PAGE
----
I have been dead for a long time when I finally catch the delicate scent of my carnation -- just a trace, just for a second. A pigeon coos as it struts along the edge of my sheet. Then a little girl -- one of the children of the temporarily dead -- starts giggling about something. Her clicking shoes skip through the odd labyrinth of flower-adorned bodies.
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I' m not sure why I came to this demonstration. I need to go grocery shopping and I have stacks of papers to grade. What motivated me? Guilt? Yes, partly. The belief I'm making a difference? No. I don't think so. The hope that this theater of the absurd will help alleviate the suffering of the Iraqi people? No, not really. It’s less noble, less clear. I'm just trying to learn how to believe in something, how to see in the dark.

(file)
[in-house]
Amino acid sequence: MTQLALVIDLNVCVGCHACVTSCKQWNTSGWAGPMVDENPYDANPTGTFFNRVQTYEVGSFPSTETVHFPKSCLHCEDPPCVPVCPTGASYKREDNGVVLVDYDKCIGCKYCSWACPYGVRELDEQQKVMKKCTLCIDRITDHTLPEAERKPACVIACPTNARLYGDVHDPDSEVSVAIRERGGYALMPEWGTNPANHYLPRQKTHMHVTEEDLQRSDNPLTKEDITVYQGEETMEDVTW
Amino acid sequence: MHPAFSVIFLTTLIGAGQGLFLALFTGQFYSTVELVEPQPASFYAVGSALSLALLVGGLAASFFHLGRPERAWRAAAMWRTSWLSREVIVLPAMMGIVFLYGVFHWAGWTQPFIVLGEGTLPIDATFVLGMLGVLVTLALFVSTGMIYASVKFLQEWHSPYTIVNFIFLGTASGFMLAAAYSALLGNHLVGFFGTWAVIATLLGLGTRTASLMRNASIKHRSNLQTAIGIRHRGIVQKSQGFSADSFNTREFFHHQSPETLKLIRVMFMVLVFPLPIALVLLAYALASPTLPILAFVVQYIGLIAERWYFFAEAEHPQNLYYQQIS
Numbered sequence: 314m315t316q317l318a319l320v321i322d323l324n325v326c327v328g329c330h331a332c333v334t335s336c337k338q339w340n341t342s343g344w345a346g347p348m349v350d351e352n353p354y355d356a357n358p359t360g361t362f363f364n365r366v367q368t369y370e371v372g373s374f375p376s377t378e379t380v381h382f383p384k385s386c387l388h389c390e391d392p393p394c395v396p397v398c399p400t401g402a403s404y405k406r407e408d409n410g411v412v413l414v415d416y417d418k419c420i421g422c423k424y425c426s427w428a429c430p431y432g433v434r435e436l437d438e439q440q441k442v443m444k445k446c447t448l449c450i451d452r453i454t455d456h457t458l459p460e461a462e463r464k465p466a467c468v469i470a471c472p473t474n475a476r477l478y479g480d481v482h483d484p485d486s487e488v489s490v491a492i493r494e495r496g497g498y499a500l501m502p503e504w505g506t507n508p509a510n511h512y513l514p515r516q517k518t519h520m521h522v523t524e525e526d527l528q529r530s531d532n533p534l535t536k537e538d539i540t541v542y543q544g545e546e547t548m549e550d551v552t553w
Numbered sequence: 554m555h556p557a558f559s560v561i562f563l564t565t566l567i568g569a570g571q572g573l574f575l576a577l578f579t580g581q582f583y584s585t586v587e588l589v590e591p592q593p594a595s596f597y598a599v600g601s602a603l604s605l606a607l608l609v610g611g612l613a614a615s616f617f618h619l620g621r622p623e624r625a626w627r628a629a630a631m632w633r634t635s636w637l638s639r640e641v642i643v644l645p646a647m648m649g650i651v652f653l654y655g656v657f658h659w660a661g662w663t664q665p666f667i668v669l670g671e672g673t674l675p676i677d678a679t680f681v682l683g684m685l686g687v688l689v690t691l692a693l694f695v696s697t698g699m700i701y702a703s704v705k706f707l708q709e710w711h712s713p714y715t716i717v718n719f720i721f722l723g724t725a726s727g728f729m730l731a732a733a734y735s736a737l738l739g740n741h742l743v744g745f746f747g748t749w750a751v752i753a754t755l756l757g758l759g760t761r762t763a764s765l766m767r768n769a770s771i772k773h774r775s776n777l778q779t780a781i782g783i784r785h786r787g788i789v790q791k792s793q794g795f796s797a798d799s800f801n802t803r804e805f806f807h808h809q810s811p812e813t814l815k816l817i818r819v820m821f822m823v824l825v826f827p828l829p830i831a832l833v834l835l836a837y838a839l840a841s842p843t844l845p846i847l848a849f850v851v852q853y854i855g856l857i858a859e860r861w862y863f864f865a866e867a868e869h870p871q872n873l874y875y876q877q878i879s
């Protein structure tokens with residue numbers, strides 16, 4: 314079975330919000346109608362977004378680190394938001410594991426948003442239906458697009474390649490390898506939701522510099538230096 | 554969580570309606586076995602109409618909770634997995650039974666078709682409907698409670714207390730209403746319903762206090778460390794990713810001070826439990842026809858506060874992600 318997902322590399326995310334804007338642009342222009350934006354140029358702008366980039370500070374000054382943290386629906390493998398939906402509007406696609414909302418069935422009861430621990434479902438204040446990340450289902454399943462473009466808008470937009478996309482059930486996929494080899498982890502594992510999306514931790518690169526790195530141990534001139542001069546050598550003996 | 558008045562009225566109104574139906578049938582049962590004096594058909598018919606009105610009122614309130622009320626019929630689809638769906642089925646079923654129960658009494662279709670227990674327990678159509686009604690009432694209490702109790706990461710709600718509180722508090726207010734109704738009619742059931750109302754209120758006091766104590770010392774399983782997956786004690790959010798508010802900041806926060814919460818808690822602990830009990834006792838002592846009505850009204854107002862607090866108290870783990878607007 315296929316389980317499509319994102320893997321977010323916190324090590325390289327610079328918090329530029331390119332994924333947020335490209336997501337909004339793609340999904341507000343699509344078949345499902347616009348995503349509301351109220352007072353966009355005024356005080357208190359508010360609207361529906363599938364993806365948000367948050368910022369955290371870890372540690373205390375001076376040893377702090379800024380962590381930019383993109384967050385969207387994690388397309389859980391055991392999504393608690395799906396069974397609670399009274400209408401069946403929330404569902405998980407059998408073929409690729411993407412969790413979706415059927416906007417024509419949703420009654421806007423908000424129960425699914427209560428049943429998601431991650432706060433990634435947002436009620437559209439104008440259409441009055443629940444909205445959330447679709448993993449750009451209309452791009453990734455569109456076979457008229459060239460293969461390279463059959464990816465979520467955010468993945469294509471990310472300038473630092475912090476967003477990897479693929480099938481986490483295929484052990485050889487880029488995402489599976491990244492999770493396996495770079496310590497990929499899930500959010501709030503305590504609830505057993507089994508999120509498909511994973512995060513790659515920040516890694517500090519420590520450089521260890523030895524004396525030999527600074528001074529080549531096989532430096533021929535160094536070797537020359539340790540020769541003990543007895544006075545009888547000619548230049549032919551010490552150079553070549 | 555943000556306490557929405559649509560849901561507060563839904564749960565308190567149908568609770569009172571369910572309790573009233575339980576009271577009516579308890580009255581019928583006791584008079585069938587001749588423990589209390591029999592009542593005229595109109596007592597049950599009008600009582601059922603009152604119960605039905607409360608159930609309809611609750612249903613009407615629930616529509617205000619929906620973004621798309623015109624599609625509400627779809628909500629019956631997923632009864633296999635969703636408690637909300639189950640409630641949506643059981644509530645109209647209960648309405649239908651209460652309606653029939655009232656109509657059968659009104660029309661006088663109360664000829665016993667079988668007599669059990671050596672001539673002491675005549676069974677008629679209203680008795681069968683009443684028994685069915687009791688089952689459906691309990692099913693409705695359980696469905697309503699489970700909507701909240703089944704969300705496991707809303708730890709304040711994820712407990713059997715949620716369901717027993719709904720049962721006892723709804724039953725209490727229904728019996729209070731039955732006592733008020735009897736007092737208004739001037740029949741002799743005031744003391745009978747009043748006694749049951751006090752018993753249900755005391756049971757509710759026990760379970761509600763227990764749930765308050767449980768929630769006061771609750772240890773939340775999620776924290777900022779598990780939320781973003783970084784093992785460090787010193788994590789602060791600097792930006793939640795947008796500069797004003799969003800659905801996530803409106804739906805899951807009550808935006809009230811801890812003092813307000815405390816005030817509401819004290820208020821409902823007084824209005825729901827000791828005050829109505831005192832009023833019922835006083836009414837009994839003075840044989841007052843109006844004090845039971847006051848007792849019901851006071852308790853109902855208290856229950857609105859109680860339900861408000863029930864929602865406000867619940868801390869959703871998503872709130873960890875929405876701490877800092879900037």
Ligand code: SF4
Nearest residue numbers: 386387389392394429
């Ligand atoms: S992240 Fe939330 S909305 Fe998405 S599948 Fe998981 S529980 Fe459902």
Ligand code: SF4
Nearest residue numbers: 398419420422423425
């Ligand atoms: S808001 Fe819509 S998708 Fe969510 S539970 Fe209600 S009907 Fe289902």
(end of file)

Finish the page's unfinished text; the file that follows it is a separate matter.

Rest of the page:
From Cabin Fever: A Suburban Father's Search for the Wild, by Tom Montgomery Fate. Reprinted with permission from Beacon Press. Copyright 2011. All rights reserved.